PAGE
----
Where do I file a criminal complaint?
- You can file a criminal complaint by contacting the Monroe County Sheriff’s Office and requesting a deputy. You may also visit the Sheriff’s Office and file a complaint at the business office.
How do I file a criminal complaint?
- To file a criminal complaint you will be asked to fill out a criminal complaint form. A copy of this form is available to download from the link below. You will be asked who committed the crime, the crime you believe occurred, when the crime occurred, and a statement of the facts.
What happens when I file a criminal complaint?
- Once a criminal complaint is filed with the Sheriff’s Office a deputy is assigned to review the complaint and determine if it is a criminal issue. At that point an investigation is initiated where the deputy or deputies will collect evidence and/or interview witnesses. Once the investigation is complete and a determination is made that there is probable cause to believe a crime has occurred the offender may be arrested or cited. A further review by the Prosecuting Attorney may be requested by the investigating deputy. Reports and other documents are forwarded to the Prosecuting Attorney on all criminal investigations. The Prosecuting Attorney may file charges at their discretion. The Monroe County Sheriff’s Office may only hold an arrestee for 24 hours without the request and issuance of an arrest warrant or court order.
How long will someone who is arrested be in jail?
- Initially law enforcement can only hold an arrestee for 24 hours. If an arrest warrant is issued within the 24 hour time period then the arrestee will be held until they are able to post the bond listed on the arrest warrant or by order of the court.
What is the difference between a cash bond and a surety bond?
- If a bond is listed as a cash bond it means that the entire bond amount must be posted in full. The bond is later returned to the person that posted the bond minus any court costs, fines, fees, etc.
- If a bond is listed as a cash or surety bond it means that the full cash amount can be posted or a surety can be posted. A surety bond involves a bonding agent who will post the surety promising that you will appear for your court dates. The bonding agent charges a fee for their service that is not returned to whomever makes the payment to the agent. Fees for bonding agents vary. Any person wishing to use a bonding agent should contact the bonding agent to discuss the fees.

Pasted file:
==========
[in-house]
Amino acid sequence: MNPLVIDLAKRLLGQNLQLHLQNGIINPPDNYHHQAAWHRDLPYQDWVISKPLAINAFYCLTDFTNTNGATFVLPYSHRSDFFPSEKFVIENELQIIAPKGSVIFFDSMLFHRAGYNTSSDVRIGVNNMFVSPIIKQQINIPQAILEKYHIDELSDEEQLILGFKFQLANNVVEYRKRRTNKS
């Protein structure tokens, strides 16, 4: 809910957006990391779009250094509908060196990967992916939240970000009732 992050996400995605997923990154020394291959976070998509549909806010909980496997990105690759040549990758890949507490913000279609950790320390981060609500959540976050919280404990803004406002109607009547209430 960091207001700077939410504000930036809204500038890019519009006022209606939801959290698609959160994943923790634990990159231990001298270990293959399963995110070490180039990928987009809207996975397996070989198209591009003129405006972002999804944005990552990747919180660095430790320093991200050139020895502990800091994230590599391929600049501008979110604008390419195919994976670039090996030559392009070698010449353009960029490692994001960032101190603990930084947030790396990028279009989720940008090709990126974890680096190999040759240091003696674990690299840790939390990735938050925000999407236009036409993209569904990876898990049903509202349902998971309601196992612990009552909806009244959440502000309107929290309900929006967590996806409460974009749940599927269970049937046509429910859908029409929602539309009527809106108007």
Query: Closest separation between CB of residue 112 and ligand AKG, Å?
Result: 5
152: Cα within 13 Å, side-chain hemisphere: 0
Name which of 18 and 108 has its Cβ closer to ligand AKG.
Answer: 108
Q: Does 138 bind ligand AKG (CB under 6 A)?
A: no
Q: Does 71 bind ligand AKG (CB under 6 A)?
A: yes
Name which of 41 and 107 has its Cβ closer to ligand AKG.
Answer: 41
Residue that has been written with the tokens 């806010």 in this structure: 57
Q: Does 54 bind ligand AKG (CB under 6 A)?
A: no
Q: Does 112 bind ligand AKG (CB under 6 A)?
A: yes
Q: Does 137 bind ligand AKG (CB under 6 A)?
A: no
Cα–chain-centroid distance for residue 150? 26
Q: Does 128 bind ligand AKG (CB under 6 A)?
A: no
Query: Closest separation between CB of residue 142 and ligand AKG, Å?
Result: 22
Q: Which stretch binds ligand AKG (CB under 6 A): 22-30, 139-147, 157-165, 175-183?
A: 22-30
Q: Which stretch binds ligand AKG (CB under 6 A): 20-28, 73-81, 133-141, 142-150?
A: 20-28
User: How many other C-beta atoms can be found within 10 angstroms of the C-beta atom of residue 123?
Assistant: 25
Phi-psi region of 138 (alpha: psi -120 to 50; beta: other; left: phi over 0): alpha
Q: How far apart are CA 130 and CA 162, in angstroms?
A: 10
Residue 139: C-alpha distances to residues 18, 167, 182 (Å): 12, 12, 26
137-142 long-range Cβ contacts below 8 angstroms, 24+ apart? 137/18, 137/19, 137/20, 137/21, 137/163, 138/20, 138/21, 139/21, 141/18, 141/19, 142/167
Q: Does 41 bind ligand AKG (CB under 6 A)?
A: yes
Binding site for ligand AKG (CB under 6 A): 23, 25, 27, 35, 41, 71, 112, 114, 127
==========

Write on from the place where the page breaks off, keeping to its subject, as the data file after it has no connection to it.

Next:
When can I visit someone who is in the Monroe County Jail?
- Regular visiting hours for the Monroe County Jail are on Tuesdays or Thursdays between 2pm and 4pm. Visitors must fill out a form and cannot be on probation or parole or be a victim, co-defendant, or potential witness in any case involving the inmate they wish to visit. For more jail information please visit our Jail Information Page
Will deputies contact me by telephone to advise me of jury duty?
- Yes. The Monroe County Sheriff’s Office routinely contacts perspective jurors at the request of the courts. This is typically done by telephone advising the perspective juror of the date, time, and location of jury duty. The deputy cannot excuse you from jury duty and cannot give you any information about the nature of the case you are being called for. The deputy can provide you with contact information for court personnel who may be able to assist you with any scheduling difficulties.
How do I get in touch with a deputy?
- The Sheriff’s Business Office is open from 8 am – 4:30 pm Monday thru Friday. You can talk with a deputy by coming to the business office during normal hours. You may also contact the Sheriff’s Office by telephone at 660-327-4060 at any time and request to speak with the on duty deputy. In the event of an emergency please call 911 and Monroe County Joint Communications with dispatch appropriate emergency personnel including law enforcement if needed.
Can the Sheriff’s Office help me with an ex parte or an order of protection?
- Any Sheriff’s Deputy will gladly talk with you about an ex parte order of protection. These orders are generally used in instances where there is a fear of domestic abuse or stalking. Deputies are trained to determine if an ex parte order of protection fits your circumstances and will help you to obtain an ex parte in an emergency situation. All ex parte orders of protection are issued by the judge, who makes the final determination as to whether your situation warrants such an order. During regular business hours you may fill out an application and submit it directly to the Circuit Clerk’s Office for an ex parte order of protection.